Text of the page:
Machine-Gun Kelly, the famous bank robber, seldom without his Thompson machine gun. The story opens with great jazzy music and a murder shown in shadows. His moll is the driving force ... See full summary »
After local-moonshine swilling trapper Lem Sawyer sees a giant creature, people start disappearing. While searching for illegal traps Steve Benton and Nan Greyson, his girl-friend find Lem ... See full summary »
A group of lonely Viking women build a ship and set off across the sea to locate their missing menfolk, only to fall into the clutches of the barbarians that also hold their men captive. ... See full summary »
Christy runs a rock and roll nightclub on a carnival pier with his righ-hand-man Benny. Christy has a crush on the club's star, Natalie Cook, but she has eyes for Stanley, a local business ... See full summary »
Brian G. Hutton,
David J. Stewart
A group of scientists travel to a remote island to study the effects of nuclear weapons tests, only to get stranded when their airplane explodes. The team soon discovers that the island has been taken over by crabs that have mutated into enormous, intelligent monsters. To add to their problems, the island is slowly sinking into the ocean. Will any of them manage to escape? Written by
Jean-Marc Rocher <email@example.com>
Russell Johnson broke his toe while splashing around in the water during one scene. Due to the low budget of the film, director Roger Corman had a stage tech tape up Johnson's toe and immediately ordered him back in the water to finish the scene. See more »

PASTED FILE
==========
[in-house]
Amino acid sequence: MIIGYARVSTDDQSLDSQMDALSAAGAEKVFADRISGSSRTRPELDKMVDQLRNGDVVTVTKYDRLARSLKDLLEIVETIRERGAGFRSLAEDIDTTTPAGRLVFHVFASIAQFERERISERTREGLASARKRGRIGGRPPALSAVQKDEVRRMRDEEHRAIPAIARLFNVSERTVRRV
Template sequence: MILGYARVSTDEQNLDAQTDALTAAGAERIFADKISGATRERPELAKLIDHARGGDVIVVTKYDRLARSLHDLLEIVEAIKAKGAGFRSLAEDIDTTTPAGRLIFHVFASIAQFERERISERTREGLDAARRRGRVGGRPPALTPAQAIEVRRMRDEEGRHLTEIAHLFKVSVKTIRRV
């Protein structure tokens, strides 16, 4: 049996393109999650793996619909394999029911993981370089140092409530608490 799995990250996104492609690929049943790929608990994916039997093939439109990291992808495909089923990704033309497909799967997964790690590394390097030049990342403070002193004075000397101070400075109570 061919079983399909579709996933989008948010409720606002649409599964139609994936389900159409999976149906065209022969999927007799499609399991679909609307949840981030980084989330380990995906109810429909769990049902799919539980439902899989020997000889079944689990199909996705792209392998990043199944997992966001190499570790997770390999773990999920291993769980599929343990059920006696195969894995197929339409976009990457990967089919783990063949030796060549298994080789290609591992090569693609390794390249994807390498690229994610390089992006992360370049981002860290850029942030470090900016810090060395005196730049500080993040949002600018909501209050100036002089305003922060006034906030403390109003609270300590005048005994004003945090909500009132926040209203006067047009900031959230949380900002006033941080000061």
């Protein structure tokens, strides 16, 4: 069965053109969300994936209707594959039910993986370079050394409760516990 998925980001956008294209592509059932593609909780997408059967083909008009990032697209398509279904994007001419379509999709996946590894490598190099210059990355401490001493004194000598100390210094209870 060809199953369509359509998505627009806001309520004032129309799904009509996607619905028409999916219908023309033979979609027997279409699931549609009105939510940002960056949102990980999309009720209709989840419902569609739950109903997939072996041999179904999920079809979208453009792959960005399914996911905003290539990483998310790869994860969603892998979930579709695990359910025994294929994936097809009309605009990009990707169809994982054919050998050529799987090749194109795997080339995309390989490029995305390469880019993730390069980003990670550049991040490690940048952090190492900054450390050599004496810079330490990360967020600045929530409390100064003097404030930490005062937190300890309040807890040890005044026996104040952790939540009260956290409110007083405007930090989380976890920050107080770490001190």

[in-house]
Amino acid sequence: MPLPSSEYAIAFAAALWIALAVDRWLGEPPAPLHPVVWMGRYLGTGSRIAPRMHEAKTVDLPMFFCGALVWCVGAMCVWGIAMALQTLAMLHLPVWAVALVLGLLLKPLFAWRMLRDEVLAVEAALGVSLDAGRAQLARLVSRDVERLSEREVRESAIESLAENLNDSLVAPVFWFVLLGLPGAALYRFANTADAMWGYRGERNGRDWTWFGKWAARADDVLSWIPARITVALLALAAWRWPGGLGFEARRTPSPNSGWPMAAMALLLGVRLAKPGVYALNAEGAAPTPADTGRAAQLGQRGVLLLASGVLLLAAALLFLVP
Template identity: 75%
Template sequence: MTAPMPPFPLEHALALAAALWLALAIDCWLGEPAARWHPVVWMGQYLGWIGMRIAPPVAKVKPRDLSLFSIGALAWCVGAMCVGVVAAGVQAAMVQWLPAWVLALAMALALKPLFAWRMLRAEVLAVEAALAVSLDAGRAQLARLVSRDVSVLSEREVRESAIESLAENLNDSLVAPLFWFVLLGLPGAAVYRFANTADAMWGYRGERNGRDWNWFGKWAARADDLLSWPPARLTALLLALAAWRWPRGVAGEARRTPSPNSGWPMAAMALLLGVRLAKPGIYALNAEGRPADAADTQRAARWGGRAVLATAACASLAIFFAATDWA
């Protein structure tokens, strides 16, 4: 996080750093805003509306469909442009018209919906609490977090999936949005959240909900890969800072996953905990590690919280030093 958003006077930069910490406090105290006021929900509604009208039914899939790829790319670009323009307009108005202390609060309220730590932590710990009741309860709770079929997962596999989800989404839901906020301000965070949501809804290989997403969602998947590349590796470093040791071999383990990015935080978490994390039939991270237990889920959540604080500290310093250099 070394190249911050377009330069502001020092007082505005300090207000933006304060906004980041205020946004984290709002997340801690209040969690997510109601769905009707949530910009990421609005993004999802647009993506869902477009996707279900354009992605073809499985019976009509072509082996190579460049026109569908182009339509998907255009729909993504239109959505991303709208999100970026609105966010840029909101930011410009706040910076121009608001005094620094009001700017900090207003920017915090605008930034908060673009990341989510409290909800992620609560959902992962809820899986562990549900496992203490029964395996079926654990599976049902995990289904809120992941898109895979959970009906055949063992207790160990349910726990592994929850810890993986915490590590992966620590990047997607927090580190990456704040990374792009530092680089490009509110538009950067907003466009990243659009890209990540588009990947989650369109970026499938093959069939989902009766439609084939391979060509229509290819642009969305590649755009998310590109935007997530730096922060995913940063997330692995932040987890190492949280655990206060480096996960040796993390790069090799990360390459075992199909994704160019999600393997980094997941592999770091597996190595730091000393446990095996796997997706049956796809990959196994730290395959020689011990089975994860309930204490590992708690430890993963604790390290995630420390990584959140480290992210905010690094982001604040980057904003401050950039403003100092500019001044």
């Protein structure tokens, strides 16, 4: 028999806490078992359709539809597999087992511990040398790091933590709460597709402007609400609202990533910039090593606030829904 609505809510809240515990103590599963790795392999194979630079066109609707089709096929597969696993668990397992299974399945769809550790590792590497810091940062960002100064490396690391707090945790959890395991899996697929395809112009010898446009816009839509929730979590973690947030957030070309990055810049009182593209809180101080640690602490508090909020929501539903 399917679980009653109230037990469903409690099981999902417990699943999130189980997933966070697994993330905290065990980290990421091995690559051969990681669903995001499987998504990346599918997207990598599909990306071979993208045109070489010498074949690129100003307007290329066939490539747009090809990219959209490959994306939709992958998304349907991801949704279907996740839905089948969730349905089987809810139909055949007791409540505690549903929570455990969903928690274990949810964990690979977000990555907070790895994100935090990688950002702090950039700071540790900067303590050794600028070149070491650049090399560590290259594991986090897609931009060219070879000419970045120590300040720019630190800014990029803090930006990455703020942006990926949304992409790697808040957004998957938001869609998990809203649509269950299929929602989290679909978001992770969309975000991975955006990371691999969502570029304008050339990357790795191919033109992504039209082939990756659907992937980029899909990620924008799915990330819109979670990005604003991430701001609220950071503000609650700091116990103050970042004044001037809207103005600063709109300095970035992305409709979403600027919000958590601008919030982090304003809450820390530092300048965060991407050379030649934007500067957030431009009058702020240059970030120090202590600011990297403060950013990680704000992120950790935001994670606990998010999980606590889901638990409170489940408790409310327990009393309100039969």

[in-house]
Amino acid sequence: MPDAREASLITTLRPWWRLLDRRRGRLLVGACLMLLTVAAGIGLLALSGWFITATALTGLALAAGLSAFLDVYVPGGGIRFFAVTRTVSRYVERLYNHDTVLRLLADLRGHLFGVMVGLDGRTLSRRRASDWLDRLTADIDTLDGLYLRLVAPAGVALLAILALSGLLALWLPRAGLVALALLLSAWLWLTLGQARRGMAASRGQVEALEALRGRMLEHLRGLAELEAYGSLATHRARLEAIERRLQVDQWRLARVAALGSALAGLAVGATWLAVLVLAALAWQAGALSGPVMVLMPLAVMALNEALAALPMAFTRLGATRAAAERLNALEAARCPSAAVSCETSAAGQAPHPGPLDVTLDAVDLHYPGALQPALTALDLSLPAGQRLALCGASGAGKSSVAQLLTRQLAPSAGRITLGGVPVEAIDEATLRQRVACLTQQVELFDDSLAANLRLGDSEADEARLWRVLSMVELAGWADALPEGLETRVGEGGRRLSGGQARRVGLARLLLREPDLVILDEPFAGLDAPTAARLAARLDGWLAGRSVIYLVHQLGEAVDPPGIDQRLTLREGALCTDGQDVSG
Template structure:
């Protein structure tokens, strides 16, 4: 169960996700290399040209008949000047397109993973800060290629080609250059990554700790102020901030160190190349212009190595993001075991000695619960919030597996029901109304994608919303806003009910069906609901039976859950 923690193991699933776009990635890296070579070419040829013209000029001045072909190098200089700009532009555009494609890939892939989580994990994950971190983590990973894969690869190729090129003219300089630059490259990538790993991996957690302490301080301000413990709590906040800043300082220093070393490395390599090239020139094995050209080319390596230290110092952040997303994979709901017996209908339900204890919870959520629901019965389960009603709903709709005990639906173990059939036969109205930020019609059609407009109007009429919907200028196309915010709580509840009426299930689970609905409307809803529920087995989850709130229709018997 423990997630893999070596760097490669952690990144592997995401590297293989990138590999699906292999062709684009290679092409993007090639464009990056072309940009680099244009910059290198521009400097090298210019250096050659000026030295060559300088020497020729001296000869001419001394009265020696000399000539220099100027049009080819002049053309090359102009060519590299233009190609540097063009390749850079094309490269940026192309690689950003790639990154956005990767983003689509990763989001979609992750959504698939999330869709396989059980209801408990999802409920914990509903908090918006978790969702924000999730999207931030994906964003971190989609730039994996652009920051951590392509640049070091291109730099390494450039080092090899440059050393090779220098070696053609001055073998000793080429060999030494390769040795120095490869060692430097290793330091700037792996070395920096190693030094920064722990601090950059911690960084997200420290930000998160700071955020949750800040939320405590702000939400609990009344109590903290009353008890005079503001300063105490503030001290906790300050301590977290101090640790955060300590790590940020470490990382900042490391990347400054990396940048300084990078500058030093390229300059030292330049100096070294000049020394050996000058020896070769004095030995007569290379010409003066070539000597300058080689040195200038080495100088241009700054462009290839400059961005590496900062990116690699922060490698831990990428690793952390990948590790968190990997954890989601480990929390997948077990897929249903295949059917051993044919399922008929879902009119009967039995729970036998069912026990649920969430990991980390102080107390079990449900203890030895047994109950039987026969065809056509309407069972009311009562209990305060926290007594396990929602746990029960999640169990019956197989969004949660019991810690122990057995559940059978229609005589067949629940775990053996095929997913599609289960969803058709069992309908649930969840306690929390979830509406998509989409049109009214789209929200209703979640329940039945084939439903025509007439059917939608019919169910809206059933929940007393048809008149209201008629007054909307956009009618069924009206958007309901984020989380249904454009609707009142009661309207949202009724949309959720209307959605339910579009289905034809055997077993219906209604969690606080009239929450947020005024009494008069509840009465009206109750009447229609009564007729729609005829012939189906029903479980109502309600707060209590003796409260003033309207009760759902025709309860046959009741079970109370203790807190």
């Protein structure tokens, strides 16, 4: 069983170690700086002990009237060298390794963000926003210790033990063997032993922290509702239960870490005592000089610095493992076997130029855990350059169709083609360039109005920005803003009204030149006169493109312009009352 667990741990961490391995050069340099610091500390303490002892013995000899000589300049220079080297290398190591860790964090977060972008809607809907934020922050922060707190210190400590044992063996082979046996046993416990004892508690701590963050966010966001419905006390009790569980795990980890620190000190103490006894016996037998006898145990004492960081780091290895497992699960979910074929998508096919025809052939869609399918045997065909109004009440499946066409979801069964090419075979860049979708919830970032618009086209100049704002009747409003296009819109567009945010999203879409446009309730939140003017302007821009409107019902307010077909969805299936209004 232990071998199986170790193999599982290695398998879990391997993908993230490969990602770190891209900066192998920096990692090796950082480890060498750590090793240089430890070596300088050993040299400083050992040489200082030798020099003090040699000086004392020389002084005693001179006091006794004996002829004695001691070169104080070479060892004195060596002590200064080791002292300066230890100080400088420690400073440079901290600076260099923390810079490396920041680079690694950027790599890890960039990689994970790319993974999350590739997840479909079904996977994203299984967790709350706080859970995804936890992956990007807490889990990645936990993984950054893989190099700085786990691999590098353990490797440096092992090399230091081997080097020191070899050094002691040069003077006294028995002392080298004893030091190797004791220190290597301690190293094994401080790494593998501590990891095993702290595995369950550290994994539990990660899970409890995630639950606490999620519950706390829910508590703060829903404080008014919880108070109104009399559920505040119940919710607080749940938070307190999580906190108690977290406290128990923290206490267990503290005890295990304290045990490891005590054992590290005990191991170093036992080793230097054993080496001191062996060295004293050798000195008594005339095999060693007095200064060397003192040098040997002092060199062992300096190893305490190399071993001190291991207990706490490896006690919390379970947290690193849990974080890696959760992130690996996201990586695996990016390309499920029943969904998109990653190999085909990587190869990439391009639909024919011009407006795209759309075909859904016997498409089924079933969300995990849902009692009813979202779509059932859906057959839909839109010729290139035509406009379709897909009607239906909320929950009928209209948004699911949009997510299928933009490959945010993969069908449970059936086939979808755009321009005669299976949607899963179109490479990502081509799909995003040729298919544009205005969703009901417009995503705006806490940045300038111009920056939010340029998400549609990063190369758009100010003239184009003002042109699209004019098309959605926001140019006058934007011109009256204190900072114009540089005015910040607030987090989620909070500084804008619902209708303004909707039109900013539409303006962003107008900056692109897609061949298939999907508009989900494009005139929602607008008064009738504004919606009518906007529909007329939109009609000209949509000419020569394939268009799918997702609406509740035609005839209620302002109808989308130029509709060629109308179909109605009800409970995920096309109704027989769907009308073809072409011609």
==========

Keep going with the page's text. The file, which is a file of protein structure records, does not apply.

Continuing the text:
Any movie that passes off a 1950s' home in the Hollywood Hills as a research center located atop a shrinking Pacific atoll, a well-foliaged hillside as a fresh landslide, Griffith Park's Bronson Caves as a passage to the sea, a dyed-blonde Mel Welles as a "French" scientist, and a rolling and flopping papier-mache model with humanesque eyes as a terrifying monster crab is MY kind of movie! Artistically, probably one of Corman's worst, this still is great FUN. Like many other "bad" horror movies of the fifties, I can watch it over again and again! Unfortunately, though, the only print that seems to be available--either on VHS or DVD--is not a very good one. Enjoy! (NOTE: An earlier reviewer indicated that Beverly Garland is in this film; she is not.)
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